What were they thinking naming a business Nothing to See RI? Why would people spend money to visit 144 Metro Center Boulevard, formerly a Salve Regina satellite campus, if there’s nothing …
What were they thinking naming a business Nothing to See RI? Why would people spend money to visit 144 Metro Center Boulevard, formerly a Salve Regina satellite campus, if there’s nothing there?
Actually, there’s a lot at the newest home of The Talent Factory and Hugo and Dana Adames latest venture Nothing to See RI. What visitors don’t see, is the high tech control room that transforms the event space capable of accommodating 150 people into a venue for a spectacular birthday party, concert, dance show, comedy night, murder mystery evening and just about whatever you can imagine from a baby shower to retirement party.
The event space, once classrooms, is the center piece to 144 Metro Center Boulevard. There’s a lot more to it including three rehearsal rooms, conference room and a support team of professionals.
Nothing to See RI is the sizzle to the Adames’ story and a business model that Hugo envisions taking root in other cities across the country. The backbone to the business is what the couple has done for the past ten years – dancing.
It didn’t start off with dance class, at least not for Hugo.
As he tells the story, when they married 16 years ago he owned and operated a barber shop and she a dance studio. They agreed that after six years they would evaluate the two businesses and whichever was the most successful and showed the greatest promise for growth they would pursue together.
Hugo sold the barbershop and teamed up with Dana.
They opened their first Talent Factory in North Kingstown and later a second in South Kingstown. At the height of their operation, about 500 youths and adults were enrolled in Talent Factory classes and programs. Then came March 2020 and the pandemic shutdown. They quickly transitioned to virtual classes and for a short time that worked.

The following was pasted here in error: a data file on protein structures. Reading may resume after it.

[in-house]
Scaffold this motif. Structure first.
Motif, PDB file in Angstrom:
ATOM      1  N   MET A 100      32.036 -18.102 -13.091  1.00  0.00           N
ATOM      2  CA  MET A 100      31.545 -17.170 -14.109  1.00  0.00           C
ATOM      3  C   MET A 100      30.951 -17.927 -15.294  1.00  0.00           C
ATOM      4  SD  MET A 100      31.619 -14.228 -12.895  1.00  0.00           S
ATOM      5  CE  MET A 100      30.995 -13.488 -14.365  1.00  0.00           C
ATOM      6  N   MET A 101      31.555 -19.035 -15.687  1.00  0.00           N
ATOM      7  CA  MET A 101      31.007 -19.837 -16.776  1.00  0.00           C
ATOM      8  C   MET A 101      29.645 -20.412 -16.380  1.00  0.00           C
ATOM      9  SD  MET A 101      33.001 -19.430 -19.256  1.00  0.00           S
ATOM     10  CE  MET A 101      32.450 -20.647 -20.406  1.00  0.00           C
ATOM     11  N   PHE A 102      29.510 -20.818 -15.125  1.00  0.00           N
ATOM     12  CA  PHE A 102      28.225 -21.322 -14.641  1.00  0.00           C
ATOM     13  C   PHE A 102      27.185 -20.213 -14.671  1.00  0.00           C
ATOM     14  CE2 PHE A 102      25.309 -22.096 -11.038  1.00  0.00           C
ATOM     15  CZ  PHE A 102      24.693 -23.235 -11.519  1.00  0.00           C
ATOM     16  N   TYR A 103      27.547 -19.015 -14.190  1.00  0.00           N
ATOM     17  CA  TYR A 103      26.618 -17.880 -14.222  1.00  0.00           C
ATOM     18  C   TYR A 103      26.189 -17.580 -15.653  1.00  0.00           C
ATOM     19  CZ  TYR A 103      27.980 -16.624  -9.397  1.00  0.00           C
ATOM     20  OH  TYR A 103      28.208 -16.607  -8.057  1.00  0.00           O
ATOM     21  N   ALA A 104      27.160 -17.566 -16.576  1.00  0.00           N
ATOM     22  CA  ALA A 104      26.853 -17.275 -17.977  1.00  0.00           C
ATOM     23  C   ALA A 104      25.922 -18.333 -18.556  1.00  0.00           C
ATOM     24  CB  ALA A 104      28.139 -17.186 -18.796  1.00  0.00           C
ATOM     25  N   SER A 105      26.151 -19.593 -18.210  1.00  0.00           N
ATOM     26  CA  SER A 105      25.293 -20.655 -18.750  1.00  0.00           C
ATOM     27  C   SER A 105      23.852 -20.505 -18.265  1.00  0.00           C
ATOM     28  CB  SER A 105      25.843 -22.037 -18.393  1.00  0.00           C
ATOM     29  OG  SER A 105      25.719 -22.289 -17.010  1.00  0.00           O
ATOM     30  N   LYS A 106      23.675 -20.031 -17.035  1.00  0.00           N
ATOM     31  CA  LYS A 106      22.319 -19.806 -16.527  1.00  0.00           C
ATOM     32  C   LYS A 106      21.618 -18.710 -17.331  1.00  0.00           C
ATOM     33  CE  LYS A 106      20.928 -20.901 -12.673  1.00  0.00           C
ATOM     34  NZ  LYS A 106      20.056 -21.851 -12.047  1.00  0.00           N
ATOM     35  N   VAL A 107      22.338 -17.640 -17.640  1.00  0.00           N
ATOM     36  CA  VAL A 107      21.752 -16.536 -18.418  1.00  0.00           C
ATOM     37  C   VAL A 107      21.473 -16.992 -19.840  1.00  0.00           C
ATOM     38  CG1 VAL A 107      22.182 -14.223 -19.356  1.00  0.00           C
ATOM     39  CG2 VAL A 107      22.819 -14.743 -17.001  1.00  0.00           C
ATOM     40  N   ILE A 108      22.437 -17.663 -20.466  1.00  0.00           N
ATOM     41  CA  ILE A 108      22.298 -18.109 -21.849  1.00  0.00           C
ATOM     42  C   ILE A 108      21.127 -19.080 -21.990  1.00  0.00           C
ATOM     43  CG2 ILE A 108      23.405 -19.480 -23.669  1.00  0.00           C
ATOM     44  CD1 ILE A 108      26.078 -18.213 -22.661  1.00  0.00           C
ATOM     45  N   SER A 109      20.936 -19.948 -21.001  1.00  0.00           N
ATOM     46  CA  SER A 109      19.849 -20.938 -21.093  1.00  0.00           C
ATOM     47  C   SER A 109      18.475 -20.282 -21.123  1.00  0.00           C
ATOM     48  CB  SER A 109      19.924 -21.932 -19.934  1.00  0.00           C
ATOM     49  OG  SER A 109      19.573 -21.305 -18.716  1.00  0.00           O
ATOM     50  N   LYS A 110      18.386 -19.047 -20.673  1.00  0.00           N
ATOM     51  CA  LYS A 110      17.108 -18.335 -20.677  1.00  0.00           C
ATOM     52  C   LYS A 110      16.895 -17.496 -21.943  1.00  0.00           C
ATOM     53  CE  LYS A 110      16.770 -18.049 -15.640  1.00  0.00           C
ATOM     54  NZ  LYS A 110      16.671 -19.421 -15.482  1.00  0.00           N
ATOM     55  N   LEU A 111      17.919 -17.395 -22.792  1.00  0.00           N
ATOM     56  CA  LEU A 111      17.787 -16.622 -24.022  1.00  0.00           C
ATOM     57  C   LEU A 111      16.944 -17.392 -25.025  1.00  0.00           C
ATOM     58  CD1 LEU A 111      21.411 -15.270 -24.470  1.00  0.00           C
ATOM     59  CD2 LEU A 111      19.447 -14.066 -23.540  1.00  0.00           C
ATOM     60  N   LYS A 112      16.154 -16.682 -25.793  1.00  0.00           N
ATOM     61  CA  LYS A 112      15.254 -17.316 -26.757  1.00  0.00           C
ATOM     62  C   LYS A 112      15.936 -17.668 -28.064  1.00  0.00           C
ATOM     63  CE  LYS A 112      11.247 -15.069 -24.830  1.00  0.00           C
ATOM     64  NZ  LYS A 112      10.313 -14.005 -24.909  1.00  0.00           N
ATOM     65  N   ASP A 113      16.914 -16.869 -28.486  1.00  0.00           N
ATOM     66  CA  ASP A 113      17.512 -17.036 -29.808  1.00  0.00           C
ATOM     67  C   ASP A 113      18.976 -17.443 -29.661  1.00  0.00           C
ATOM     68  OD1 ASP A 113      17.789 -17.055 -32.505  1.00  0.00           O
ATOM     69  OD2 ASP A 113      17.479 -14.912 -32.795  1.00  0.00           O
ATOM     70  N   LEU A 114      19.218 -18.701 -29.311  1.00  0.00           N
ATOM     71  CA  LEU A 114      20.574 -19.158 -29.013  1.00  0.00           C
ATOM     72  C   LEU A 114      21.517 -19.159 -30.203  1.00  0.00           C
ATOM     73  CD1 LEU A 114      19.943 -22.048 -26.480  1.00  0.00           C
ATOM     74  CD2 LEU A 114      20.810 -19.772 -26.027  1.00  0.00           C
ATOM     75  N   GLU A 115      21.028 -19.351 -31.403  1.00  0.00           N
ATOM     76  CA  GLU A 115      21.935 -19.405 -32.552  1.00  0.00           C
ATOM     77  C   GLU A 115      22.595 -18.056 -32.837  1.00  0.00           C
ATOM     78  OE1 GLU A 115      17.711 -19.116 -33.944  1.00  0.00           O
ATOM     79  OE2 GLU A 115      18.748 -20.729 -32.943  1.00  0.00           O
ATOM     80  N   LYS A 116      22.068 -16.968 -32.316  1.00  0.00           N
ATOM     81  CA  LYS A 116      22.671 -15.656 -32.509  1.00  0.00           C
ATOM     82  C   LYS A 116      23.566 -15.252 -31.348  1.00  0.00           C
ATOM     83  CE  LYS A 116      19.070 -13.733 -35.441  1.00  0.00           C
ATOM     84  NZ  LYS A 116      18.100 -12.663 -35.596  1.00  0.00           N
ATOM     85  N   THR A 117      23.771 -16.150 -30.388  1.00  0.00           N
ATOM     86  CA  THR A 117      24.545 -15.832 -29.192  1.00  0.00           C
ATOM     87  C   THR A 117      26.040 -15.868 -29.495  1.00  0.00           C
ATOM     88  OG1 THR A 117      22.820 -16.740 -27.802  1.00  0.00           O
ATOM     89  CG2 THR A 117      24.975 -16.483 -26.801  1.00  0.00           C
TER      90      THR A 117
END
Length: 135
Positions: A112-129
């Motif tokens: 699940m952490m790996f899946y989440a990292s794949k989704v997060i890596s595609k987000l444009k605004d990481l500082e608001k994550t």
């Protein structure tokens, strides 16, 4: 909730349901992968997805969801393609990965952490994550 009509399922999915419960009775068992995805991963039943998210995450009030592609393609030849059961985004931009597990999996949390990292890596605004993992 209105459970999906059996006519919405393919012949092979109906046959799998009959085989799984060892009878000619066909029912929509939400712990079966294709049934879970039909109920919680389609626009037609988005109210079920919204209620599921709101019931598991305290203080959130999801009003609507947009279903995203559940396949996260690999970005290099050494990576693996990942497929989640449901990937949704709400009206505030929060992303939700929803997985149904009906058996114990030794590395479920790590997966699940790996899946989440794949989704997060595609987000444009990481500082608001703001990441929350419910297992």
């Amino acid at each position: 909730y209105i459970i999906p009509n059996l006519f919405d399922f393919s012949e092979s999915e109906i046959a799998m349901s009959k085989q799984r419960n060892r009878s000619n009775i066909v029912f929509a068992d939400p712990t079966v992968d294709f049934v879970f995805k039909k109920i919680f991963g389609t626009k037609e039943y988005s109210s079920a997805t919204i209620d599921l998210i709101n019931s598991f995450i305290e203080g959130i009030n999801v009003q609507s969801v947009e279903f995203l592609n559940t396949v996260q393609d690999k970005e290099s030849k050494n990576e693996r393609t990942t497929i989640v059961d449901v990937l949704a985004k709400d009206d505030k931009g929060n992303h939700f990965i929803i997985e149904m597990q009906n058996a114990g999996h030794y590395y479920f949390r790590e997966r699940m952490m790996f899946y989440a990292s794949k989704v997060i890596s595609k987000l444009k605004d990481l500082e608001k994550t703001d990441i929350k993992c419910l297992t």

“Everyone was excited about it,” Dana said. But soon, she explains, the core element of socialization of the in-person experience couldn’t be replicated. Students dropped out and the business suffered. They closed their South Kingstown studio.
But, as it turned out, the pandemic and grants made available to businesses in the long run enabled the couple to embark on Nothing to See RI and the Warwick Talent Factory. They received a $40,000 Payroll Protection Program (PPP) grant enabling them to continue operations and resume in-person classes as Covid restrictions were eased. They initiated a summer camp program for students who received camperships funded by the Rhode Island Department of Education. Then in November 2020, they applied and received a $175,000 Commerce Rhode Island grant enabling to them build an outdoor theater at the North Kingstown location where they staged “The Lion King” last summer. A second grant under the Shuttered Venue Operator Grant, SVOG, of $348,000 took them to the next step and the Warwick plan. Hugo said $100,000 was spent in lighting alone.
The Talent Factory includes a pre-kitchen for caterers. The company has applied for a full liquor license that the Board of Public Safety will consider on April 11. As there will be entertainment, the Talent Factory will also need Zoning Board approval of a specialty use permit.
Hugo said he is looking to “create entertainment that is a little out of the ordinary for Rhode Island.”
Asked to explain, he said he is looking to establish a venue where people can develop and display their artistic talents...which, really, is a Talent Factory.
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